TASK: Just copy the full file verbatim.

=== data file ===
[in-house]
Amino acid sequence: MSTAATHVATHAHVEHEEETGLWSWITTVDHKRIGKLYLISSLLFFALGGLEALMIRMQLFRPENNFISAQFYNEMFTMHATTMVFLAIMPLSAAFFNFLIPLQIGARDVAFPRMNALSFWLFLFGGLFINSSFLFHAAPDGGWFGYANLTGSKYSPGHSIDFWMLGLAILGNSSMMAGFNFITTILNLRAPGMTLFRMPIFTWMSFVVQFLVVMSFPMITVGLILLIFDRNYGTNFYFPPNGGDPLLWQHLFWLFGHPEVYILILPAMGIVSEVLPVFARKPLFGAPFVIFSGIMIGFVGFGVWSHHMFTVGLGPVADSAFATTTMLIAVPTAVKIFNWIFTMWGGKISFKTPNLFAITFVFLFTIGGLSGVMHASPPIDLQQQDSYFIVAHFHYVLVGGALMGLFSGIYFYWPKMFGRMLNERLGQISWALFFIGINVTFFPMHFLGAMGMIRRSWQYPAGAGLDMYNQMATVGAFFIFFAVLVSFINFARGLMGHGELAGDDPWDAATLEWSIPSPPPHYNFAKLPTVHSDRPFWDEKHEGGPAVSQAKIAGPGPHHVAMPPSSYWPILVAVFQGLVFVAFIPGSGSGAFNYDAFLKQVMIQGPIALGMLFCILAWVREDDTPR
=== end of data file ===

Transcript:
[in-house]
Amino acid sequence: MSTAATHVATHAHVEHEEETGLWSWITTVDHKRIGKLYLISSLLFFALGGLEALMIRMQLFRPENNFISAQFYNEMFTMHATTMVFLAIMPLSAAFFNFLIPLQIGARDVAFPRMNALSFWLFLFGGLFINSSFLFHAAPDGGWFGYANLTGSKYSPGHSIDFWMLGLAILGNSSMMAGFNFITTILNLRAPGMTLFRMPIFTWMSFVVQFLVVMSFPMITVGLILLIFDRNYGTNFYFPPNGGDPLLWQHLFWLFGHPEVYILILPAMGIVSEVLPVFARKPLFGAPFVIFSGIMIGFVGFGVWSHHMFTVGLGPVADSAFATTTMLIAVPTAVKIFNWIFTMWGGKISFKTPNLFAITFVFLFTIGGLSGVMHASPPIDLQQQDSYFIVAHFHYVLVGGALMGLFSGIYFYWPKMFGRMLNERLGQISWALFFIGINVTFFPMHFLGAMGMIRRSWQYPAGAGLDMYNQMATVGAFFIFFAVLVSFINFARGLMGHGELAGDDPWDAATLEWSIPSPPPHYNFAKLPTVHSDRPFWDEKHEGGPAVSQAKIAGPGPHHVAMPPSSYWPILVAVFQGLVFVAFIPGSGSGAFNYDAFLKQVMIQGPIALGMLFCILAWVREDDTPR